If you have no interest in homeschooling, then consider different school choices: Montessori, Waldorf, independent or a public school with a good TAG program that might challenge him at his age-level. Around grade 4, though, most public and private schools lose the hands-on, experiential teaching techniques that make learning fun and emphasize testing, so you might find yourself in the same boat later. If you live in the DC metropolitan area, there are really good private schools like The Lab School of Washington, Sidwell Friends, etc. that might be worth considering. They're very expensive but offer scholarships if cost is a concern. If you suspect some attention deficits, that usually is not determined until a child is 9 years old and is still showing signs of significant inattention. If you need more info., email offline.
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S.W. answers from Norfolk on October 08, 2009
I went through some similar issues with my now 8 year old son. We just started our second year of homeschooling and LOVE LOVE LOVE it!! He can work on things that really interest him, attend co-ops and enrichment classes, etc. You may want to check it out. If you want more info you can contact me and I can point you in the right direction. One good place to start is www.vahomeschoolers.org
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K.F. answers from Washington DC on October 08, 2009
A lot of times the smarter ones are the 'boreder' ones. My DSS came home after Kindergarten one day and had announced he already learned everything, so he didn't have to go back. Of course, he had to go back....but he was too smart for his own good....he didn't skip grades, but all through elementary for both he and my DSD, they were bored and learning more quickly. I don't think skipping or not skipping grades will really change this, you just have to explain that school is important and it's his job to go. As for the homework, make sure he doesn't have any privileges till AFTER he finishes, as a reward, so even if learning is not incentive enough for him to complete it, I'm sure TV, video games, or dessert would be. Over time he will learn to be more studious - he is just maturing, so give it some time. And make sure you coach him through assignments - let him know that you have faith in his abilities and he can have such and such when he is done. Also, let him know you will check it afterwards...this helps kids stay accountable. My DSS just started Jr High and his classes are much harder now - so where he coasted through ES, he has to work extra hard now, and that has been an adjustment....my DSD is in 3rd grade now and she finds free time to be more creative, so she will write in her journal and read, etc when she finishes before other students do - a creative outlet like that helps cut down on her talking/socializing with other students that need more time for their work.
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C.J. answers from Washington DC on October 08, 2009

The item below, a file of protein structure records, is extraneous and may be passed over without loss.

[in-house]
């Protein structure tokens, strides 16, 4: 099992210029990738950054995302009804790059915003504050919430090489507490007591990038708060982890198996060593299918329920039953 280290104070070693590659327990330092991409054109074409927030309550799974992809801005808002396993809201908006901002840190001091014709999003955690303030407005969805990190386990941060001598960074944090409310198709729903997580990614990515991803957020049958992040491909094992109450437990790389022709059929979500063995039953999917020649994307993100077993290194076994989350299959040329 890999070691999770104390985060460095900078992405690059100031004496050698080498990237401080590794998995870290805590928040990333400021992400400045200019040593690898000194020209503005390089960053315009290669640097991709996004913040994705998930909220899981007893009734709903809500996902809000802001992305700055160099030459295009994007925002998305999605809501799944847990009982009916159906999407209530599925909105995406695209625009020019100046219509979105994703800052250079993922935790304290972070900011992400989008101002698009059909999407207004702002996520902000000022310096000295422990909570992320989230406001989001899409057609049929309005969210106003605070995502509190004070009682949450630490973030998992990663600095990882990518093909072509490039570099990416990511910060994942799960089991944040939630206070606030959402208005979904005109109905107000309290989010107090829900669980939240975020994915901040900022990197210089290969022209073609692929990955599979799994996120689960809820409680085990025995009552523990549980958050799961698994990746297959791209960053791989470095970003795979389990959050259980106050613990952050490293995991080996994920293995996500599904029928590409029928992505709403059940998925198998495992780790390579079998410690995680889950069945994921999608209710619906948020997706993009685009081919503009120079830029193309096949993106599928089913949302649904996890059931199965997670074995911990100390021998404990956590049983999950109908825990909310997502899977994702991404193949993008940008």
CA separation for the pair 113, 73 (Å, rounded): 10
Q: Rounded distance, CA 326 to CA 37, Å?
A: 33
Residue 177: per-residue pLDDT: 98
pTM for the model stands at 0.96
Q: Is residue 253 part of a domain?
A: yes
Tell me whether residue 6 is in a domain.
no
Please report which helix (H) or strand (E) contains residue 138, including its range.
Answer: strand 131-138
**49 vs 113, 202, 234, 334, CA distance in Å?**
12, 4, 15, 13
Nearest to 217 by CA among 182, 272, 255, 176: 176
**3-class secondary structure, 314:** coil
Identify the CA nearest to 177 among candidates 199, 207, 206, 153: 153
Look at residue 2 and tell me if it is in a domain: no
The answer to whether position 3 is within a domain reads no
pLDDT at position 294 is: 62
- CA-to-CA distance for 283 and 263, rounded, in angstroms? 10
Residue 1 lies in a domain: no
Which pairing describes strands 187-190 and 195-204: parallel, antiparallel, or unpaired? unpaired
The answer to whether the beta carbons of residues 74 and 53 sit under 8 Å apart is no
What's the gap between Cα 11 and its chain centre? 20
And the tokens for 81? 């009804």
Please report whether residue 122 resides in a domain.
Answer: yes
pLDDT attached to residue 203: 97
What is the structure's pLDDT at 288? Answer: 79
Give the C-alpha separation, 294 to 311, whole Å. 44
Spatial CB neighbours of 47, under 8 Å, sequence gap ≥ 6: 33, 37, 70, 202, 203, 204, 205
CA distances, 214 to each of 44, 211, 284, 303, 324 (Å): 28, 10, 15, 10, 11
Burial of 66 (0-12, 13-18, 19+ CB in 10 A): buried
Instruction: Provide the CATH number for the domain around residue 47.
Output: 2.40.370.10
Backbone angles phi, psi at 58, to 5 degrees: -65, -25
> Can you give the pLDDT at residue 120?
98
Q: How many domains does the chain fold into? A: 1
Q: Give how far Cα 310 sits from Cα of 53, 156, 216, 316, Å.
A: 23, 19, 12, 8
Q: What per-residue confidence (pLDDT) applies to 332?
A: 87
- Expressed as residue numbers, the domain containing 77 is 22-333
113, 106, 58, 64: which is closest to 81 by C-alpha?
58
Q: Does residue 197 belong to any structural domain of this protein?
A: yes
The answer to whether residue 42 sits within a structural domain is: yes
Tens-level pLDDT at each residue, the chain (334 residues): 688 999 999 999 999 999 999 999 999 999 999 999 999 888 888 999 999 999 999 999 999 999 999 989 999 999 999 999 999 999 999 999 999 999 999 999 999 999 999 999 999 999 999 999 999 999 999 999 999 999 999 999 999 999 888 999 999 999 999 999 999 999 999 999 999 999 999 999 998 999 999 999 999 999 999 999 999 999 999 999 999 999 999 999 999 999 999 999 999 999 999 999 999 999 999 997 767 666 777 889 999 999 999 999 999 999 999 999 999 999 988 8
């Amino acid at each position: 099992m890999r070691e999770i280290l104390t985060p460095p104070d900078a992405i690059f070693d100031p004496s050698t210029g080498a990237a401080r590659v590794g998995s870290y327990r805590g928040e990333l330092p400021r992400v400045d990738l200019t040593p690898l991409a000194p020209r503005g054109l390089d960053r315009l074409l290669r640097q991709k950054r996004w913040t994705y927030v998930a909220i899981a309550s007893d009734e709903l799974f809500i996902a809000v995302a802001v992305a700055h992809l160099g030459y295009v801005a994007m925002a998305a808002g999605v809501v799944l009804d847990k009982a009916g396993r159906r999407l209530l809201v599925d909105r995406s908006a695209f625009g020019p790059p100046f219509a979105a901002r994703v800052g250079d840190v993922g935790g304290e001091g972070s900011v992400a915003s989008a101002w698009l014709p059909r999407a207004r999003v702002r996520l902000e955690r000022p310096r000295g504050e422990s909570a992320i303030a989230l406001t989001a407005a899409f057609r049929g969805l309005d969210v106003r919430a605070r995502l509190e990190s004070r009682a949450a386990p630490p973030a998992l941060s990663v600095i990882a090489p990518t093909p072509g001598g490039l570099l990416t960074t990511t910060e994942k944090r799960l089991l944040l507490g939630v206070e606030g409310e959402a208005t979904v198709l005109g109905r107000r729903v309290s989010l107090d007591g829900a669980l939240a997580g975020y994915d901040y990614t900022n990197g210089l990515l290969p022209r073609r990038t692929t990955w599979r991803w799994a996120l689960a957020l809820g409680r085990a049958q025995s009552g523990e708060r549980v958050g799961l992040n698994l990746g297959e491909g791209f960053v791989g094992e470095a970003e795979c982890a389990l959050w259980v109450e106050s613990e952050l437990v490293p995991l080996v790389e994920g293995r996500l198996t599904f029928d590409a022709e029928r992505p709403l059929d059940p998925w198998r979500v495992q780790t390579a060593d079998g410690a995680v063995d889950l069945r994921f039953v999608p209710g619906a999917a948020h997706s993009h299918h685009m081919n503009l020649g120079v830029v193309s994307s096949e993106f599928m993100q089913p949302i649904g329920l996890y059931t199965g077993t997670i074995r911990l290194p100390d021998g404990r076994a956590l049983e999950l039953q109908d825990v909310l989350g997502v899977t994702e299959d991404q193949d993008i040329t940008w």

1. gifted and autism are not interchangeable. a lot of gifted people are nowhere on the autism scale and vice versa. if you are seriously concerned that he is autistic, you didn't include any examples of why you do, but if you do, by all means have him evaluated.
2. this might be a case for not skipping grades. many of the adults i know now that were the youngest in there class because of skipping grades or getting in under the cut-off wish their parents had not pushed. one said that she had a hard time in english literature because she was not mature enough to understand some of the themes she was reading. just because you can read all the words in hamlet does not mean you understand it. there was a 14 yo in one of my upper level college physics classes and i felt bad for him. instead of finding a place to sit in the cafeteria, going to homecoming with his friends because he's too young to date, school football games or even chess club or debate team, he was sitting in a university class and utterly one dimensional. i couldn't think but that the parents were kind of selfish.
especially in a time when parents are holding their kids, especially boys, back your son is going to be much, much younger than other boys in the class. at his age learning to get along with his peers and maturity is more important than US history. seriously, does it matter which presidents wore wigs? have you talked to his teacher? or the principal? what do they say? someone suggested montessori and maybe that's not a bad idea, he can be with his peers and learn at his own pace.
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S.G. answers from Lynchburg on October 08, 2009
School IS boring to a bright child. My son could write by age three, read by 4 and a 1/2, so Kindergarten was about socialization only, and he skipped first grade entirely. Think about school this way.... 1 plus 1 is 2 ...1 plus 1 is 2, 1 plus 1 is 2.. 1 plus 1 is 2 ....Repetition is how most children learn, but a gifted child may pick it up as soon as he hears it (photographic memory). So hearing it over and over again is boring, and they tune out.
My son is now in fourth grade, and it has always been a challenge to find interesting things for him at school. We basically "home school" after school, going more in-depth with what he's studying, and finding areas of interest that re-spark his desires to learn.
Good luck, hope this helps you to understand his point of view.
S. SAHWM of four